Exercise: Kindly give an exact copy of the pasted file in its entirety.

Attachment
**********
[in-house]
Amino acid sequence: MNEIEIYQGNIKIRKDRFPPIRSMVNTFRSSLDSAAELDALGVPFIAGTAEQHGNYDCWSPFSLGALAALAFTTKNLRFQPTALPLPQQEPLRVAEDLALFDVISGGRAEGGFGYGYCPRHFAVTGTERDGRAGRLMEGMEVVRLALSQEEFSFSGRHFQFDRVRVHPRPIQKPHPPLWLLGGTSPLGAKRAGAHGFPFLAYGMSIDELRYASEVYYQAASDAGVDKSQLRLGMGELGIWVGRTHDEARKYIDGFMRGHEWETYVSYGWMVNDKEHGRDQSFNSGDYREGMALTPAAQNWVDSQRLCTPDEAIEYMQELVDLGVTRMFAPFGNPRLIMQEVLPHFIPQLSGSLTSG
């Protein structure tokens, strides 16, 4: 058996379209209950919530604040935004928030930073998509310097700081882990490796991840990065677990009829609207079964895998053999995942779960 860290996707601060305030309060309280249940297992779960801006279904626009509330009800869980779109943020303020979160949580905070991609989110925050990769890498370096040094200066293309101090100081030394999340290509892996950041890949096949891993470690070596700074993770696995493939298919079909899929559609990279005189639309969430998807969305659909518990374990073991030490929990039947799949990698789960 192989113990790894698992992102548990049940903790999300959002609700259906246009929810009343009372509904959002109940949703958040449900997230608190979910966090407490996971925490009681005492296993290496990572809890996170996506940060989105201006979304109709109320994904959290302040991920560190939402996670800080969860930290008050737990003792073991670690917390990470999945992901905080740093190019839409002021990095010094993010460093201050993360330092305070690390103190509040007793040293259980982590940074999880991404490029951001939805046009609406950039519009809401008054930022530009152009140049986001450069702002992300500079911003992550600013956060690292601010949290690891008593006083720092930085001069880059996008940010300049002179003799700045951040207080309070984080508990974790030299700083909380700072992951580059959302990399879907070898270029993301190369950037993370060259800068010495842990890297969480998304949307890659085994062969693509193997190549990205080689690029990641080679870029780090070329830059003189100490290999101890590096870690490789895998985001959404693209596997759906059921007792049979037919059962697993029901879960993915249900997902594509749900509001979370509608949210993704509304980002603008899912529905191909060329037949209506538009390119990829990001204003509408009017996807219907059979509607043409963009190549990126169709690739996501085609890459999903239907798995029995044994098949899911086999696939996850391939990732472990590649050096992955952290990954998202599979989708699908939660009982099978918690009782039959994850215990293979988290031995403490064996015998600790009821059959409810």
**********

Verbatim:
[in-house]
Amino acid sequence: MNEIEIYQGNIKIRKDRFPPIRSMVNTFRSSLDSAAELDALGVPFIAGTAEQHGNYDCWSPFSLGALAALAFTTKNLRFQPTALPLPQQEPLRVAEDLALFDVISGGRAEGGFGYGYCPRHFAVTGTERDGRAGRLMEGMEVVRLALSQEEFSFSGRHFQFDRVRVHPRPIQKPHPPLWLLGGTSPLGAKRAGAHGFPFLAYGMSIDELRYASEVYYQAASDAGVDKSQLRLGMGELGIWVGRTHDEARKYIDGFMRGHEWETYVSYGWMVNDKEHGRDQSFNSGDYREGMALTPAAQNWVDSQRLCTPDEAIEYMQELVDLGVTRMFAPFGNPRLIMQEVLPHFIPQLSGSLTSG
């Protein structure tokens, strides 16, 4: 058996379209209950919530604040935004928030930073998509310097700081882990490796991840990065677990009829609207079964895998053999995942779960 860290996707601060305030309060309280249940297992779960801006279904626009509330009800869980779109943020303020979160949580905070991609989110925050990769890498370096040094200066293309101090100081030394999340290509892996950041890949096949891993470690070596700074993770696995493939298919079909899929559609990279005189639309969430998807969305659909518990374990073991030490929990039947799949990698789960 192989113990790894698992992102548990049940903790999300959002609700259906246009929810009343009372509904959002109940949703958040449900997230608190979910966090407490996971925490009681005492296993290496990572809890996170996506940060989105201006979304109709109320994904959290302040991920560190939402996670800080969860930290008050737990003792073991670690917390990470999945992901905080740093190019839409002021990095010094993010460093201050993360330092305070690390103190509040007793040293259980982590940074999880991404490029951001939805046009609406950039519009809401008054930022530009152009140049986001450069702002992300500079911003992550600013956060690292601010949290690891008593006083720092930085001069880059996008940010300049002179003799700045951040207080309070984080508990974790030299700083909380700072992951580059959302990399879907070898270029993301190369950037993370060259800068010495842990890297969480998304949307890659085994062969693509193997190549990205080689690029990641080679870029780090070329830059003189100490290999101890590096870690490789895998985001959404693209596997759906059921007792049979037919059962697993029901879960993915249900997902594509749900509001979370509608949210993704509304980002603008899912529905191909060329037949209506538009390119990829990001204003509408009017996807219907059979509607043409963009190549990126169709690739996501085609890459999903239907798995029995044994098949899911086999696939996850391939990732472990590649050096992955952290990954998202599979989708699908939660009982099978918690009782039959994850215990293979988290031995403490064996015998600790009821059959409810």